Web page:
Passive integrated transponder (PIT) tags

Passive Integrated Transponder Tag Retention Rates in Headwater Populations of Coastal Cutthroat Trout
Bateman, D.S., R.E. Gresswell, A.M. Berger

Passive integrated transponder (PIT) tags have desirable qualities (e.g., unique identification, indefinite tag life, and capacity for remote detection) that make them useful for evaluating survival, growth, and movement of fish, but low tag retention rates can confound data interpretation. Although the effects of PIT tags on short-term growth and survival have been minimal and tag retention rates in laboratory and field studies using only juvenile individuals have been high, tag retention rates for fish at different ontological stages (including reproductively active males and females) remain unknown. We evaluated tag retention rates in wild populations of coastal cutthroat trout Oncorhynchus clarkii clarkii in three catchments of western Oregon using a double-marking approach (i.e., the adipose fin was removed from all fish that were PIT-tagged). Tags were inserted into the body cavities of fish 100 mm or more in length (fork length; range¼100–250 mm). In the study catchments, this size range includes both juvenile and mature fish. Tag retention rates were approximately 25% lower than those reported by previous studies of juvenile salmonids alone. A number of PIT tags were recovered in redds, indicating that mature individuals eject tags during spawning. Although some coastal cutthroat trout retained PIT tags for up to 4 years, others expelled them repeatedly and were implanted with a minimum of three different PIT tags during the same period.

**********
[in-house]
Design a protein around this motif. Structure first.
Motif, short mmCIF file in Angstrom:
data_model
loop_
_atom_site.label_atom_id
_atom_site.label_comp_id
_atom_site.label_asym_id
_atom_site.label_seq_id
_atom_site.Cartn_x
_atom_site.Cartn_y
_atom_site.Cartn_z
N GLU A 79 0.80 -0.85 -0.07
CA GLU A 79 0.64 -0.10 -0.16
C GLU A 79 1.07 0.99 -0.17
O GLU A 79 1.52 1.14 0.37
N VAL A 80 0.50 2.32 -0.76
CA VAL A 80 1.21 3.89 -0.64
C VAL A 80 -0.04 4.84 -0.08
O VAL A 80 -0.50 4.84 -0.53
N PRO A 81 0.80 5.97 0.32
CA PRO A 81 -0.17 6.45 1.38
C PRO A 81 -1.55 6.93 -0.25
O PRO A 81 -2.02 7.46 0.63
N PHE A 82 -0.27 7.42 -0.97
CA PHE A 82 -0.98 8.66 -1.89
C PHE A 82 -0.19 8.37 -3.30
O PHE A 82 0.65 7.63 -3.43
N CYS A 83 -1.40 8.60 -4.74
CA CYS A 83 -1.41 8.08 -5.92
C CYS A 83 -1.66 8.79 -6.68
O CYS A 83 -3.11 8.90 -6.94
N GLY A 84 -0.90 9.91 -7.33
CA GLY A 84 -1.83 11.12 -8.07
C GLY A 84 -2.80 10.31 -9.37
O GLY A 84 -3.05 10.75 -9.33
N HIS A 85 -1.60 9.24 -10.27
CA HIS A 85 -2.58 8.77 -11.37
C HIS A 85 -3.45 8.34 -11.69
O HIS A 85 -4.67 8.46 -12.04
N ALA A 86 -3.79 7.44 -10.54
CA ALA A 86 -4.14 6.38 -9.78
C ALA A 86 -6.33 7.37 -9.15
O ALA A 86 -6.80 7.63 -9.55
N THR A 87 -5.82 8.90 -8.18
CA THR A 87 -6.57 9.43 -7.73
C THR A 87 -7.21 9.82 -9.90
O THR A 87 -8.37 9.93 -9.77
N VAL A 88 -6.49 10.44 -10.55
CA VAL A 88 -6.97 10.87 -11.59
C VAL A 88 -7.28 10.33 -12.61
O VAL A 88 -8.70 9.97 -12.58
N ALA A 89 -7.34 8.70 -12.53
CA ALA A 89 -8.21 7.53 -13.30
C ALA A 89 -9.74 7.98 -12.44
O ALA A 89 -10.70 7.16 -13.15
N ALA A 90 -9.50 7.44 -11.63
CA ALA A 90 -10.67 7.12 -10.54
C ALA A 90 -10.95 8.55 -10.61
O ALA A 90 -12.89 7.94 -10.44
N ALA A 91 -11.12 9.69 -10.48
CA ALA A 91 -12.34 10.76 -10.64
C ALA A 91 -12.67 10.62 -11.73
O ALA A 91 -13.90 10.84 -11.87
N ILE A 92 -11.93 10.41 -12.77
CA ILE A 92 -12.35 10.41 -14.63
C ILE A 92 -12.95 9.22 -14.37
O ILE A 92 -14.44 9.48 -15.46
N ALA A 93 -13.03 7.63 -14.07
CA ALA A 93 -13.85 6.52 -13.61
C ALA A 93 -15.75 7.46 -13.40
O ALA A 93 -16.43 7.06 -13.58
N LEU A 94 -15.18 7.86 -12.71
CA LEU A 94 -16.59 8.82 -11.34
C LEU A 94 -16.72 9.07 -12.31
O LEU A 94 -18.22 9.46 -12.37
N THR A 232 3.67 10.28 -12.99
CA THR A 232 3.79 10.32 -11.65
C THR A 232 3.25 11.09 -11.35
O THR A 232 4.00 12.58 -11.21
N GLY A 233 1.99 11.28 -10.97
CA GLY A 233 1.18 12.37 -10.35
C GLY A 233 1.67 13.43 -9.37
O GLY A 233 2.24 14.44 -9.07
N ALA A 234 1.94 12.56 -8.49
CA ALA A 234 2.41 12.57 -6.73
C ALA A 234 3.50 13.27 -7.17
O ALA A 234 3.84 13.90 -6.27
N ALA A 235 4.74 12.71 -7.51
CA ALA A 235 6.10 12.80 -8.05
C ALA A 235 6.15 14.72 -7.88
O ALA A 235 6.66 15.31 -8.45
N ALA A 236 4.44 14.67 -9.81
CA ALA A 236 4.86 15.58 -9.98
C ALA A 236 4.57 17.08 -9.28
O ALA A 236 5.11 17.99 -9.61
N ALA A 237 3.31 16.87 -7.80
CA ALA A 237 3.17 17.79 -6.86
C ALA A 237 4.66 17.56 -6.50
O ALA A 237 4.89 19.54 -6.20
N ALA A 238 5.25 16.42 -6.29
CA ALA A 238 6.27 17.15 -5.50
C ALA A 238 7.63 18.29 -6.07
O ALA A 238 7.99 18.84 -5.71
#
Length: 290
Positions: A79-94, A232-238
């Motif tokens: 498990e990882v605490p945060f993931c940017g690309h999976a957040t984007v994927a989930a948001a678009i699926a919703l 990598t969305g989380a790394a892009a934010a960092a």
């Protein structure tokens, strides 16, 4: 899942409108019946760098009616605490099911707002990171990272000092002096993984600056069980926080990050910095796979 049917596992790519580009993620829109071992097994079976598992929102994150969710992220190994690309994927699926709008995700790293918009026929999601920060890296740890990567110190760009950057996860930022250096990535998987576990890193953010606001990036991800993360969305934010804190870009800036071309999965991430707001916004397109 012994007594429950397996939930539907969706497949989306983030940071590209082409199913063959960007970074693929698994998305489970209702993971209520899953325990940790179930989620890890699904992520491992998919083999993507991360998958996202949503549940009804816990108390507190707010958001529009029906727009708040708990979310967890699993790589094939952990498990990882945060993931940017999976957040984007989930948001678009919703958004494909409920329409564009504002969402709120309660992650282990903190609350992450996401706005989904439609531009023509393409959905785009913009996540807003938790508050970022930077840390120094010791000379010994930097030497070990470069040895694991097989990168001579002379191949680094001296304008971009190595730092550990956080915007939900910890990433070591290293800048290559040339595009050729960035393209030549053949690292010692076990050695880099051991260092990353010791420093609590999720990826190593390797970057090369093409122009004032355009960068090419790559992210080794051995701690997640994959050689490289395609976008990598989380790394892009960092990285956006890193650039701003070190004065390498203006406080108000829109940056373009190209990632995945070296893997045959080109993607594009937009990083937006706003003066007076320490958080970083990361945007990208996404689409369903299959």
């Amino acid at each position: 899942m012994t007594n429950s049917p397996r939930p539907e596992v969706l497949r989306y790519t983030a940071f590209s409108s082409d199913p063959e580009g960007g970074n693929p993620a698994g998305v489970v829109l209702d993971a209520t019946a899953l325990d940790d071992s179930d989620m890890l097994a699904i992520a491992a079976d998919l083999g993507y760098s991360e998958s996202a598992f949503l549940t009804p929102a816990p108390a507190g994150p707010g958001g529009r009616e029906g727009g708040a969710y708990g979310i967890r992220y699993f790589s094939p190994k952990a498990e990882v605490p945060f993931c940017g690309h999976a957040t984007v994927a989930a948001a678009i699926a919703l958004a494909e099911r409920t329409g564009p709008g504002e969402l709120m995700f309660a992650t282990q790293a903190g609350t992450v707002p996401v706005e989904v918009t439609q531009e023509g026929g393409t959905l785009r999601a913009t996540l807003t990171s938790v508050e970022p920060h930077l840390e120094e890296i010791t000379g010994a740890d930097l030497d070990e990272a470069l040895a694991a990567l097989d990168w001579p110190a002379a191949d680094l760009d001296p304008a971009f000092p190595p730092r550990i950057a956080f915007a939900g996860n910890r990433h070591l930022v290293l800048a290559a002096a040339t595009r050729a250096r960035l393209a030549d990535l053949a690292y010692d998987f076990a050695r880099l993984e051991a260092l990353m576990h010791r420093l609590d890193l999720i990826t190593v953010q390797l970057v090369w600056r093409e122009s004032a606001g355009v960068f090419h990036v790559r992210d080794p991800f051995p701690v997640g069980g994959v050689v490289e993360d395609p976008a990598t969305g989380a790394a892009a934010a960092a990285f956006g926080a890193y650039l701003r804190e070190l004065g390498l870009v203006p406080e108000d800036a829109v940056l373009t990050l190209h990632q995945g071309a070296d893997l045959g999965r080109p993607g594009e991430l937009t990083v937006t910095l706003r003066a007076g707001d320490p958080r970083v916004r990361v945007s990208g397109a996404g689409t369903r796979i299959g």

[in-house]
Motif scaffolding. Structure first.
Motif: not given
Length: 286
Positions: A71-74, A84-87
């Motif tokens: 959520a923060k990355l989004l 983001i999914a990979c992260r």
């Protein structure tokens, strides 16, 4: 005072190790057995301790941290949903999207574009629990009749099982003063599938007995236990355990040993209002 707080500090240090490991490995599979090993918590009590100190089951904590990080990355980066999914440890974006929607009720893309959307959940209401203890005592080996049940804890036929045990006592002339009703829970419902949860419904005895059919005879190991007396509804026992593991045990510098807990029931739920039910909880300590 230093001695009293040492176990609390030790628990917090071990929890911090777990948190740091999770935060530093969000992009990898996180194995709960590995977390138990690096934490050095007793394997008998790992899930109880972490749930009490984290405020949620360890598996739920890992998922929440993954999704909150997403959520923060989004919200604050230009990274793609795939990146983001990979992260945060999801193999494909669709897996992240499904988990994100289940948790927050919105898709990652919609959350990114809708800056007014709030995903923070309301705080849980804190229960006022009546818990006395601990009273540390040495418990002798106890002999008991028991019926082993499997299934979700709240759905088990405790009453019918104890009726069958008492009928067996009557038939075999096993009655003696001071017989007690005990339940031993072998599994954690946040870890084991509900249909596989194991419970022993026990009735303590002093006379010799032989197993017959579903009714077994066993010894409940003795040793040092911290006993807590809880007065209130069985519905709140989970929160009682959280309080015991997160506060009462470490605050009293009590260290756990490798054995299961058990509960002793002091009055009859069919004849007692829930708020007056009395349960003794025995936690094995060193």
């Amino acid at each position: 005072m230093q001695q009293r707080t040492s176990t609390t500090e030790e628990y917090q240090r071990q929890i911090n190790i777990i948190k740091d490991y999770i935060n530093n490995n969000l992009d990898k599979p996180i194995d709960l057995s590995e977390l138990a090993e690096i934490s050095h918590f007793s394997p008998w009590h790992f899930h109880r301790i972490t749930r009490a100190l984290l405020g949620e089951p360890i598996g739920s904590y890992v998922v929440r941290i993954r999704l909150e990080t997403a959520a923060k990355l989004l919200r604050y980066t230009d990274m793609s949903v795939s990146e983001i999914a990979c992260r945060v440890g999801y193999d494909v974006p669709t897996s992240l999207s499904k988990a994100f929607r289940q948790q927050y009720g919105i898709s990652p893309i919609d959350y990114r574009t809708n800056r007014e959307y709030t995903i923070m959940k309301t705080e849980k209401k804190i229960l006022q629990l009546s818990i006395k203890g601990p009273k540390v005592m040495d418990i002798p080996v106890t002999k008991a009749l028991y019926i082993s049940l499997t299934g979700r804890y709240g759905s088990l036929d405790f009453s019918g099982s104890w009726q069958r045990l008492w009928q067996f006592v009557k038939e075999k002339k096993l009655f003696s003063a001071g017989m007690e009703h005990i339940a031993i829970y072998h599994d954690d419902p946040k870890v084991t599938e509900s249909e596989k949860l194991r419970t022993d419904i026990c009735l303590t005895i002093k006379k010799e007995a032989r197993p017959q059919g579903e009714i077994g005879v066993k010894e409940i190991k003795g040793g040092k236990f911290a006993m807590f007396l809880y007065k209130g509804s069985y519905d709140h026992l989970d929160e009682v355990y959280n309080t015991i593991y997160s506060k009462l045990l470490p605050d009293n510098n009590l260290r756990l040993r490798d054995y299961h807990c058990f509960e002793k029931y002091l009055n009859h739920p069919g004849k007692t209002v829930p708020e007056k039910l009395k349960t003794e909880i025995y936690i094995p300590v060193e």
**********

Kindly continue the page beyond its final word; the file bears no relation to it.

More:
DISCIPLINE: Fisheries    STUDY: Hinkle Creek    TYPE: Journal Articles    TAGS: Passive integrated transponder (PIT) tags, retention rates, double-mark, juvenile salmonids
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